Chemical-mechanical polishing (CMP) is the preferred method of obtaining full planarization of a wafer. It involves removing a sacrificial layer of dielectric material using mechanical contact between the wafer and a moving polishing pad saturated with slurry. Polishing flattens out height differences, since areas of high topography (hills) are removed faster than areas of low topography (valleys).

Prior Art FIG. 1A shows a top view of a CMP machine 100 and Prior Art FIG. 1B shows a side section view of the CMP machine 100 taken through line AA. CMP machine 100 is fed wafers to be polished. CMP machine 100 picks up the wafers with an arm 101 and places them onto a rotating polishing pad 102. Polishing pad 102 is made of a resilient material and is textured, often with a plurality of predetermined groves, to aid the polishing process. Polishing pad 102 rotates on a platen 104, or turn table located beneath polishing pad 102, at a predetermined speed. A wafer 105 is held in place on polishing pad 102 by arm 101. The lower surface of wafer 105 rests against polishing pad 102. The upper surface of wafer 105 is against the lower surface of a wafer carrier 106 of arm 101. As polishing pad 102 rotates, arm 101 rotates wafer 105 at a predetermined rate. Arm 101 forces wafer 105 into polishing pad 102 with a predetermined amount of down force. CMP machine 100 also includes a slurry dispense arm 107 extending across the radius of polishing pad 102. Slurry dispense arm 107 dispenses a flow of slurry onto polishing pad 102.

CMP is increasingly being used for planarizing dielectrics and other layers, particularly for applications using 0.35 μm and smaller semiconductor fabrication processes. Effective CMP planarization techniques have led to the fabrication of many complex multi-layer electronic components. Electronic interconnections are built into the components to interconnect the circuits on differing layers. These interconnections include structures referred to as "plugs", and are typically fabricated using tungsten. For the reasons described above (e.g., lithography), the underlying dielectric layer needs to be planarized prior to subsequent fabrication processing.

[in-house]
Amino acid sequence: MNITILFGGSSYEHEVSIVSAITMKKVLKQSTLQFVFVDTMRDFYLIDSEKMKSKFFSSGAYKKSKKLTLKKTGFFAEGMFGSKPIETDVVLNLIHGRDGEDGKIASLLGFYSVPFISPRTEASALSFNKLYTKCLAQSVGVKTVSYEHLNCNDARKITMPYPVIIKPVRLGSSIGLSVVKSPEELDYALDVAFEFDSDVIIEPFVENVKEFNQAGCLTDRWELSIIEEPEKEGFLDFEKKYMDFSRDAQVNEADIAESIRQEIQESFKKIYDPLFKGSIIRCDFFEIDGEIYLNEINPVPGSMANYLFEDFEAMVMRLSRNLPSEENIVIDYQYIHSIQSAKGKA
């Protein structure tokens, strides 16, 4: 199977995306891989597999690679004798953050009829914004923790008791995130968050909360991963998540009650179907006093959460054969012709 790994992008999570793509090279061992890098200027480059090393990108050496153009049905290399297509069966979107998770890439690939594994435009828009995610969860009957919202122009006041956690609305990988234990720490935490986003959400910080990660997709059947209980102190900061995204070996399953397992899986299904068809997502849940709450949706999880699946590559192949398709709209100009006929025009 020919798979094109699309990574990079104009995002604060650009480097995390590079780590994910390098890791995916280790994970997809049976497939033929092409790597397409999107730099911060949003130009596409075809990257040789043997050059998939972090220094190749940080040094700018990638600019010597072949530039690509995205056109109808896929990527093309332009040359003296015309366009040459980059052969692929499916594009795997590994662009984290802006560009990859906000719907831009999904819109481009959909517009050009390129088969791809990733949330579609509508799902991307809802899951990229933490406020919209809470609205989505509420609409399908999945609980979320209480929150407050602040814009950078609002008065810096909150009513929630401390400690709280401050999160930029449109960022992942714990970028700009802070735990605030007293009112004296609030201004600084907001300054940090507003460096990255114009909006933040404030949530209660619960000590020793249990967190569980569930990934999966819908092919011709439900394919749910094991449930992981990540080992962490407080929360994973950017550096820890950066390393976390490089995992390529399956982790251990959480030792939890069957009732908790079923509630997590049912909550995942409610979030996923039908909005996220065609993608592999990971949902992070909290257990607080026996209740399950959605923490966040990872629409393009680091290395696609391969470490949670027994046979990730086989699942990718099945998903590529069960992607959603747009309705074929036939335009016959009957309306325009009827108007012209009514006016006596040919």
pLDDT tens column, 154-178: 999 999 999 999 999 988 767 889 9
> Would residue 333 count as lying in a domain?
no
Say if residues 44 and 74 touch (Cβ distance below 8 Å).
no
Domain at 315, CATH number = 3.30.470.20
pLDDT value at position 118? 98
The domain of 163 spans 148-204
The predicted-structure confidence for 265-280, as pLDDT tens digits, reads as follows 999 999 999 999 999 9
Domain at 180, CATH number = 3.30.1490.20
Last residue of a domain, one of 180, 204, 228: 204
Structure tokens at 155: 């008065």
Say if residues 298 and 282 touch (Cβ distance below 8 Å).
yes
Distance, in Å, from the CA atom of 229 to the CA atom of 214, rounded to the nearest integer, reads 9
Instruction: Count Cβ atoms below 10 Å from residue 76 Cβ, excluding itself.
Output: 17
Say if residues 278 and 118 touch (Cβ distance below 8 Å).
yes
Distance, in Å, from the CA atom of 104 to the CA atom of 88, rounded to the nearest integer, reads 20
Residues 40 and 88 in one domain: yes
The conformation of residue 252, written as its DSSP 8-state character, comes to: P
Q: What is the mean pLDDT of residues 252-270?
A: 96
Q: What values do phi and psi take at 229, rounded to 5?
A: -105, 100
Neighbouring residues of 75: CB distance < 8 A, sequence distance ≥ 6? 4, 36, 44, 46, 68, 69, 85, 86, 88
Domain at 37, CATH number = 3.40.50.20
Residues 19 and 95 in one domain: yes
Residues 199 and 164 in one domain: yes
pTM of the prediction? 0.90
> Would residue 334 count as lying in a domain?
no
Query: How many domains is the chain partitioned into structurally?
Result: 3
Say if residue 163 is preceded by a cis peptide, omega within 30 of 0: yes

CMP is widely accepted as the preferred process for planarizing tungsten plugs, particularly for the emerging field of 0.25 μm and below fabrication technologies. In accordance with prior art CMP processes, an oxide layer of a component is etched to include openings for vias and plugs. An overlying layer of tungsten is subsequently deposited onto the oxide layer and the openings are filled with tungsten. The overlying tungsten layer is then removed from the underlying oxide surface such that after removal, tungsten is only present within the plugs. The tungsten is removed down to the underlying dielectric surface. The underlying dielectric surface in which the tungsten plugs are formed is partially planarized using a spin-on glass etchback process. Prior to tungsten deposition, the oxide surface is at least partially planarized to aid lithography. There is a problem, however, in that tungsten CMP in accordance with the prior art is regarded as being incompatible with widely used partial planarization techniques (e.g., spin-on glass etchback).

Prior Art FIG. 2A shows a portion of a semiconductor component 200. Component 200 includes an overlying tungsten layer 201, an underlying dielectric layer 202, an underlying metal line 203, and an underlying metal line 205. A tungsten plug 204 is formed prom the tungsten layer 201. The surface of underlying layer 202 includes a groove 206.

Tungsten plug 204 is formed by etching an opening in dielectric layer 202 and subsequently depositing tungsten layer 201. Tungsten is deposited across the surface of component 200. In the process, the openings, grooves, etched patterns, and the like, across the surface are filled in by tungsten layer 201. In the process, tungsten plug 204 is filled, along with a groove 206. Groove 206 is an inadvertent by-product of the spin-on-glass (SOG) etchback planarization technique.

SOG etchback is a widely used and well known technique for depositing dielectric layers and then partially planarizing them. Although SOG etchback is widely used, it does not provide the global planarity obtained with the more recent CMP techniques. However, since SOG etchback is very well known, it is still widely used within the semiconductor fabrication industry for depositing and partially planarizing dielectric layers (e.g., dielectric layer 202). Hence, dielectric layer 202 is deposited and partially planarized using an SOG etchback process, leaving behind groove 206. Dielectric layer 202 is then covered with tungsten layer 201, as described above.